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Just Because You're Willing to Do Something Doesn't Mean You Want to Do It

Photo Credit: Ozkan Guner

The concept of willingness is something we talk about frequently in recovery. We say if you’re willing, you can make it through just about anything.” But just because you’re willing to do something doesn’t mean you want to do that thing.

I am willing to have the dentist use a drill on my teeth, but I don’t want to do that.

This mindset shift has been enormously helpful to me, especially in my recovery. It’s exceedingly helpful when it comes to changing our behaviors for the better. 

I may not want to go to the gym five days a week, but I’m willing. That’s because adults do things they don’t necessarily want to because they want the outcome that behavior will get them. What I do want is a healthy, pain-free, physically fit body. That makes me willing to do the things required to have a healthy, pain-free, physically fit body.

Here’s a story to illustrate the immense power of willingness from someone I heard speaking at a recovery workshop. He’d been struggling in his recovery and relapsing, and during his one minute of willingness the day before he went online, he found out about the workshop and signed up.

At the workshop, he learned that there was a local men’s meeting. He’d never had the opportunity to attend a men’s meeting before, so he was really excited about that. He also got connected to a bunch of folks in the room, and it reignited his recovery because he’d been away from meetings for months. And then he said, “That all came from one minute of willingness yesterday. Can you imagine what I could accomplish if I had an hour of willingness? Or a day??”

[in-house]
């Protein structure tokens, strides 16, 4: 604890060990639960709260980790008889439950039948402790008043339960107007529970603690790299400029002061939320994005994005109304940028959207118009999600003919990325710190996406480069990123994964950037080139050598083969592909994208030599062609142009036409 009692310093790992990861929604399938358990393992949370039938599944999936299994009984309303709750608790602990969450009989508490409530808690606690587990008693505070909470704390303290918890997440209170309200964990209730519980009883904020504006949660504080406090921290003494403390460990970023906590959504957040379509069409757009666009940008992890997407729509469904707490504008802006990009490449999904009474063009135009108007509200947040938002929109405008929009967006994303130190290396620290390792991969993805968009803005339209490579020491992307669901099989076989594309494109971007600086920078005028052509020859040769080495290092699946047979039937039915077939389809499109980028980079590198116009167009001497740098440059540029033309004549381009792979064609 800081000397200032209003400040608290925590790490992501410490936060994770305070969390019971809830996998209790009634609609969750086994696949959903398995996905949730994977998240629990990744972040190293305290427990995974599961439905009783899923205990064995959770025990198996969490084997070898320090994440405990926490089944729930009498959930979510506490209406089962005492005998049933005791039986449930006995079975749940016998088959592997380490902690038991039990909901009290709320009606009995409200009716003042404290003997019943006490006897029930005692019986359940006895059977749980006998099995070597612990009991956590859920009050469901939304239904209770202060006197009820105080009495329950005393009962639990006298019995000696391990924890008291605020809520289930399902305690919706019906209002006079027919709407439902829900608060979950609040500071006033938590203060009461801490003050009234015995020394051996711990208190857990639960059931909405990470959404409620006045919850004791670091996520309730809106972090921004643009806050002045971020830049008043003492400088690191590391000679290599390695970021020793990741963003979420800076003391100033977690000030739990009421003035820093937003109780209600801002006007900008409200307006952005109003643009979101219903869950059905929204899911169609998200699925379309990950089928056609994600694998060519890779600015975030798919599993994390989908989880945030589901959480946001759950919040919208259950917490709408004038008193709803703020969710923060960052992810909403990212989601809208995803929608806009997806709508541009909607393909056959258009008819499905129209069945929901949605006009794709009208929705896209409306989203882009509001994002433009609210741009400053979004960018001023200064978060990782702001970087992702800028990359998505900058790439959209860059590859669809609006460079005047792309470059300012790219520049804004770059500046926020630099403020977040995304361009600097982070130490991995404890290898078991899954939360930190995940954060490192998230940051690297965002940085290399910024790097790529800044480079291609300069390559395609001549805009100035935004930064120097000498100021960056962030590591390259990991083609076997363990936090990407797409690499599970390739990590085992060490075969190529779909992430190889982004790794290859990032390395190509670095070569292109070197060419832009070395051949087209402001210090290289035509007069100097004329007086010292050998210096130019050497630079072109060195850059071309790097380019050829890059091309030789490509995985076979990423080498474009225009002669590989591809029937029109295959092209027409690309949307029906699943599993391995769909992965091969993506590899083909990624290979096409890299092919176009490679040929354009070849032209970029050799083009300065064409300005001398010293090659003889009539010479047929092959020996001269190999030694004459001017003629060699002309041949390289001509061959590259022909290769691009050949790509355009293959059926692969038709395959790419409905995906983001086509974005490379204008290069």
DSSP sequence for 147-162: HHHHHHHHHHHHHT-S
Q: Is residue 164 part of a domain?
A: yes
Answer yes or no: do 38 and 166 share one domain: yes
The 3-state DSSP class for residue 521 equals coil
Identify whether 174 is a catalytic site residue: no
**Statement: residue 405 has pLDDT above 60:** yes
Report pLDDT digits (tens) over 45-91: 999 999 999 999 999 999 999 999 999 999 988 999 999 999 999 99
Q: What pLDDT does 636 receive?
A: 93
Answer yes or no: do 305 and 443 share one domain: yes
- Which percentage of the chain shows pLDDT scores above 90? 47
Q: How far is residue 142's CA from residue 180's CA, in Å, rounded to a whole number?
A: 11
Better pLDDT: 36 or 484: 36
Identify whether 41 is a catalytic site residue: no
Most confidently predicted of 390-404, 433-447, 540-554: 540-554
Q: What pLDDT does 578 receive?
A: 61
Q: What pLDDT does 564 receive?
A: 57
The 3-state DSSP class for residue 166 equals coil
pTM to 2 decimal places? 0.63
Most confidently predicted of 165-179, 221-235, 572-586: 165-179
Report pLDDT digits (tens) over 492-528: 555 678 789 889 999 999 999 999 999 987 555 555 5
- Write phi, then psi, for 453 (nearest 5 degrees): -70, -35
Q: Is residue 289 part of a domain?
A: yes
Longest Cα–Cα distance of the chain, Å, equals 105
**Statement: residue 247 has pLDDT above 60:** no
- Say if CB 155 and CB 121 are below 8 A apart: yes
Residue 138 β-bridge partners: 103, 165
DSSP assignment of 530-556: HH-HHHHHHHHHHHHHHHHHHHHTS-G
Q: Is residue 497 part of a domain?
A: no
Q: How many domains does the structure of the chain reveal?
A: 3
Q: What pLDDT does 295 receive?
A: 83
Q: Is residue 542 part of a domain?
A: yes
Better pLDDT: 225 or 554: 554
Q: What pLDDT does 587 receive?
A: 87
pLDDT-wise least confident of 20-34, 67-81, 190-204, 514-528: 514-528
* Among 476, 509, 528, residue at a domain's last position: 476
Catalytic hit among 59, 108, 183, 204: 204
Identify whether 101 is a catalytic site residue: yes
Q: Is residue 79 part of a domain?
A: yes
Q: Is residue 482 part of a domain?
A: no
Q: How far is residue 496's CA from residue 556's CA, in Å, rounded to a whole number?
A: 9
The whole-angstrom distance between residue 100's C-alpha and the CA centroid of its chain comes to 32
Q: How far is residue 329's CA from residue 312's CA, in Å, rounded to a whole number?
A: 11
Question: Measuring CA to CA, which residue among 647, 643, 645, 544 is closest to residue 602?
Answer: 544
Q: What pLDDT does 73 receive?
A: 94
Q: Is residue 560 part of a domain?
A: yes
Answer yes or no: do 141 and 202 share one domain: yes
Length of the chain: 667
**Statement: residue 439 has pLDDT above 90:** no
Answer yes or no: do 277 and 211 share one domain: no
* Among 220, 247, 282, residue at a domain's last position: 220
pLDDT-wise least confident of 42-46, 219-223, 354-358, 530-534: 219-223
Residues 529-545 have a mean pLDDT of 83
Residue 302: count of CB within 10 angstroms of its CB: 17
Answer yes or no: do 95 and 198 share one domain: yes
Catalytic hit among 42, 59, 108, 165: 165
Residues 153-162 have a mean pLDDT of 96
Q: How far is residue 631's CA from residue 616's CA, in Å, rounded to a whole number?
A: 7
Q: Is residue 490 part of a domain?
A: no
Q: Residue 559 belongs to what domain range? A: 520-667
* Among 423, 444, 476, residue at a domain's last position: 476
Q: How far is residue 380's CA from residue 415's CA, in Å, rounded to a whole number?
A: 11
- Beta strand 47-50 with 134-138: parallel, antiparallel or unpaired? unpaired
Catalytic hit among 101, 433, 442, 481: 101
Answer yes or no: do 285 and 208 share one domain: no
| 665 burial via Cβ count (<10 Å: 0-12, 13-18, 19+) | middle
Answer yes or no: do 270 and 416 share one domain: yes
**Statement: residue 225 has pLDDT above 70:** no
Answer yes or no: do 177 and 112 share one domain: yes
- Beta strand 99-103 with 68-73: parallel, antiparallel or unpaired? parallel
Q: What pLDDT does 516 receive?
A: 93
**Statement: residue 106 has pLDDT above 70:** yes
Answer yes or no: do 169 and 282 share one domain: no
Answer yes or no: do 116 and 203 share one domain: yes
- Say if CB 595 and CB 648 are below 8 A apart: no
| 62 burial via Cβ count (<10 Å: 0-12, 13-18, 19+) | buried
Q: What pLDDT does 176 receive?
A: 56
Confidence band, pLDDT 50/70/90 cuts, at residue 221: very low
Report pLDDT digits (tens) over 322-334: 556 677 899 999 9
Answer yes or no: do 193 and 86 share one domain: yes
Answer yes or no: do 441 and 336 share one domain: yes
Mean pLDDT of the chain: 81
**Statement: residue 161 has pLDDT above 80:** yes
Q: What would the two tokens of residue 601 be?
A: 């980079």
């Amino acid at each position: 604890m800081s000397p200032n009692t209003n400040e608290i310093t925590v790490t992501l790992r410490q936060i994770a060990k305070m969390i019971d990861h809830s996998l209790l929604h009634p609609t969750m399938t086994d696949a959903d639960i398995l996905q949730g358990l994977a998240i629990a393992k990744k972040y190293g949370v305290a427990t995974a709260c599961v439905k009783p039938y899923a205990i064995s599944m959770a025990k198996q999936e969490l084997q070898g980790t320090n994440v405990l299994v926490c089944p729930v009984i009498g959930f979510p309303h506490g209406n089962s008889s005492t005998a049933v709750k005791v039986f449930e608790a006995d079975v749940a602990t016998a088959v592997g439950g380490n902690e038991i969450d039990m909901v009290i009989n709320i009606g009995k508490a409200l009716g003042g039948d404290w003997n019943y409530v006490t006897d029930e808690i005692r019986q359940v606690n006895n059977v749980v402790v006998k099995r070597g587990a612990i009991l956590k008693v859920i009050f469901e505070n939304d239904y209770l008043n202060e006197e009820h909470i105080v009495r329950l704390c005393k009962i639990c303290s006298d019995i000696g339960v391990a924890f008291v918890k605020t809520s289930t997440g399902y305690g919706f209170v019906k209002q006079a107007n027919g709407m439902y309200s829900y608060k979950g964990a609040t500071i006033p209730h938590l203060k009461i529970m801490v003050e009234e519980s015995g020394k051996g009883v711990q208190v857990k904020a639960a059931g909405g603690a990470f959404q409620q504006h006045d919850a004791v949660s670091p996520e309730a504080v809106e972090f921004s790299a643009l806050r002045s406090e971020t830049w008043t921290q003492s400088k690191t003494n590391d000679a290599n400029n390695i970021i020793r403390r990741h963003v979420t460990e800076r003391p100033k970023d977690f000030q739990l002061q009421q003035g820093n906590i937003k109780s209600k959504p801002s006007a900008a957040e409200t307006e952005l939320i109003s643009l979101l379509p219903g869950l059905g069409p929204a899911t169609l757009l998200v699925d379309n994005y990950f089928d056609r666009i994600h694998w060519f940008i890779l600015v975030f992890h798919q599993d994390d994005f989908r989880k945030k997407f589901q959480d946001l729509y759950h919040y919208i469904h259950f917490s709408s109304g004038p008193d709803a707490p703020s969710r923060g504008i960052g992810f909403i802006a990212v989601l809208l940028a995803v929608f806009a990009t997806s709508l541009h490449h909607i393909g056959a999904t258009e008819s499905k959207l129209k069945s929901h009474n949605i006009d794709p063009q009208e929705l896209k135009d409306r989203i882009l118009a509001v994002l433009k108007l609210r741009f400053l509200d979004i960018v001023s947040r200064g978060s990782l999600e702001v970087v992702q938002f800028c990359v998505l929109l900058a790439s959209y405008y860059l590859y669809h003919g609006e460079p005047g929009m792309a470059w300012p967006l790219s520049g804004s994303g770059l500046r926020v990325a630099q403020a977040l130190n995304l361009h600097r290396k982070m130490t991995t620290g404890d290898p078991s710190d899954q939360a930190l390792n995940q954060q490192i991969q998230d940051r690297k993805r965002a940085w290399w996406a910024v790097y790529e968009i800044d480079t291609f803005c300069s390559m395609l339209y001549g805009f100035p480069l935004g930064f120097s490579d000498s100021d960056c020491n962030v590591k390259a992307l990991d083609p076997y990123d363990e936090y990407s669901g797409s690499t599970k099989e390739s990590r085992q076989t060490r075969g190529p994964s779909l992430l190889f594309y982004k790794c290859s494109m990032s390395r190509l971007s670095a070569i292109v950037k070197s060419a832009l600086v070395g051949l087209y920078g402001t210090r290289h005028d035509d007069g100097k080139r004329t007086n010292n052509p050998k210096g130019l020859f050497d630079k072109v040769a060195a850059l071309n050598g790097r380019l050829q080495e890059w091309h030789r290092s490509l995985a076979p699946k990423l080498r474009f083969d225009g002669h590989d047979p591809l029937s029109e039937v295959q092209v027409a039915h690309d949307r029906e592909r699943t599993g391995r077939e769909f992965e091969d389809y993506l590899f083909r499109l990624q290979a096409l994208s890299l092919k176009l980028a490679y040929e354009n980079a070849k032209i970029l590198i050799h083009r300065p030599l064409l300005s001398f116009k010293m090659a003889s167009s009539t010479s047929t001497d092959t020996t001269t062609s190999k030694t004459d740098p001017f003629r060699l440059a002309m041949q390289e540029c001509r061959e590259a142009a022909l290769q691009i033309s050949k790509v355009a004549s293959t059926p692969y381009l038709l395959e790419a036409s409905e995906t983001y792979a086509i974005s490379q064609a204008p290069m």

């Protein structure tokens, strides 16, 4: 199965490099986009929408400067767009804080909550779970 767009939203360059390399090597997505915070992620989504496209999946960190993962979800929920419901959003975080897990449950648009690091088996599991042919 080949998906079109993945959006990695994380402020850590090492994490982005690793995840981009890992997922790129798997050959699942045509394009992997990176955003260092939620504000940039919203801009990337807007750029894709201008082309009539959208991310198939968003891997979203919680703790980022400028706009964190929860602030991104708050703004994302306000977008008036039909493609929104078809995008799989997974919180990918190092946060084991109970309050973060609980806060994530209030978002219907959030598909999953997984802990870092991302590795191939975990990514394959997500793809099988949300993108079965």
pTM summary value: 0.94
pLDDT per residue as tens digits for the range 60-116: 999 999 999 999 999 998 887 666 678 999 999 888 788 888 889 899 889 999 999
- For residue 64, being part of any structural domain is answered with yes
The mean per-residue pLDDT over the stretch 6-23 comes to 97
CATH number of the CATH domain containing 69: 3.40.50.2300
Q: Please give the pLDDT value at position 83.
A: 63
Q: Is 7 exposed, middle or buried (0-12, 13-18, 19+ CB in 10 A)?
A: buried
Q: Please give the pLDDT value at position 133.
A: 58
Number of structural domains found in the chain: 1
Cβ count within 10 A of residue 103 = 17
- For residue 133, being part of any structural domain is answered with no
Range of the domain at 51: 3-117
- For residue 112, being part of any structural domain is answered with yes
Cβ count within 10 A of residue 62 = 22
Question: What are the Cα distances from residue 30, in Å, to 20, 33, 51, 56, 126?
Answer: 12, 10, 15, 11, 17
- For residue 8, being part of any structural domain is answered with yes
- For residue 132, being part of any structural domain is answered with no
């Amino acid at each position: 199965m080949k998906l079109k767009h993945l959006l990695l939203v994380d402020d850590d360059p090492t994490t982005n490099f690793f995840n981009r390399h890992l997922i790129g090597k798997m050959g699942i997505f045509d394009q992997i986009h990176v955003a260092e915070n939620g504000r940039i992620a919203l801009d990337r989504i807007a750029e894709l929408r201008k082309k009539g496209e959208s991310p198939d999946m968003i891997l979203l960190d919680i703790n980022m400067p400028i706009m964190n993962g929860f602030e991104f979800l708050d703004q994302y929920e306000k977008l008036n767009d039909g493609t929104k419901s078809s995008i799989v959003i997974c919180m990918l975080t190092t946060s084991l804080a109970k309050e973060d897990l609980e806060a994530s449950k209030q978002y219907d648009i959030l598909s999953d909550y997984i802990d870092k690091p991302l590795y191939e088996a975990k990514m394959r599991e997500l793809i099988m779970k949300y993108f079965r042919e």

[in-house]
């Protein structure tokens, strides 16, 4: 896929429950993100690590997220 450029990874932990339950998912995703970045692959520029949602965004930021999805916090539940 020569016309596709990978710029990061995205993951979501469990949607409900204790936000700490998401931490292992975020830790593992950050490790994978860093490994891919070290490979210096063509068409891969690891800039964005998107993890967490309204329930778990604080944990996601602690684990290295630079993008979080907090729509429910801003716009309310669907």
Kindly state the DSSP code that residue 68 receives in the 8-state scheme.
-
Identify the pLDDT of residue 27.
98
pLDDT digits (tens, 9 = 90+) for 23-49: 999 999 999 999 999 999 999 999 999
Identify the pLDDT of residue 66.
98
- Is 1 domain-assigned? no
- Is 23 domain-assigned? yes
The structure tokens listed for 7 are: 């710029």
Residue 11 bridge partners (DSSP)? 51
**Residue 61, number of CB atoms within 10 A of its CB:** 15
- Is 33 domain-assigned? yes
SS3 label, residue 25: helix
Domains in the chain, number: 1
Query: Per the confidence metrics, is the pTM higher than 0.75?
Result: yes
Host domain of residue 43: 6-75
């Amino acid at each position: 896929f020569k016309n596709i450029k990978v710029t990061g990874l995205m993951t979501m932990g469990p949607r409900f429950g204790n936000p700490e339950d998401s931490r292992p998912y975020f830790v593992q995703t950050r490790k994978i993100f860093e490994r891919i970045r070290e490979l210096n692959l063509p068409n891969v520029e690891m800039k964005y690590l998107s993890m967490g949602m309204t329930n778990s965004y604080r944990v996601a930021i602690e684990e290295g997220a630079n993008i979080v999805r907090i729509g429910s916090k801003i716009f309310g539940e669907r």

Sometimes the only willingness you need is the willingness to type something into Google like the guy in the above example. And then, eventually, maybe it’s the willingness to skip that bad habit just one time. Then another. Then maybe willingness to follow the suggestions of your doctor or therapist, then willingness to go to a support group. Eventually, you will have to become willing to do whatever it takes to get the life you desire if that’s what you truly want. But in the beginning, the tiniest bit of willingness can carry you very far.

If you’re someone who believes in a Higher Power of some sort, and you use that Higher Power to help you with your willingness, it's my experience that that combo can move mountains! If you want to have outcomes you’ve never had before, it’s not going to happen unless you’re willing to try things that you’ve never tried. As they say, “Nothing changes if nothing changes.”

If there are role models whose lives you want to emulate, or who have qualities you admire, ask them what they’ve done to get there. Then become willing to take action. Eventually, you’ll have to actually take action, but in the beginning, it can help to just start with the willingness. You don’t have to want to do all the things recommended to you. Just be willing.

Action is a concrete form of willingness. When I started working with my first sponsor, she required me to go to two face-to-face meetings/week in that fellowship. I was already going to 4-5 meetings/week with my other fellowship, so I told her I was too busy.

She said, “Maybe you’ll have to skip one of those other meetings.” That didn’t feel like an option for me. But I looked at my schedule and decided I could make something work. When I later told her this, she said, ‘Barb, that’s called willingness. You told me no, but then you took action. That kind of willingness is what you need to recover.” I didn’t really want to add more meetings to my weekly schedule, but I was willing. And here I am now, years later still abstinent and at goal weight for 5 1/12 years. 

So you don’t have to want to do the actions that are suggested to you, but if you’re willing it can be the beginning you need.

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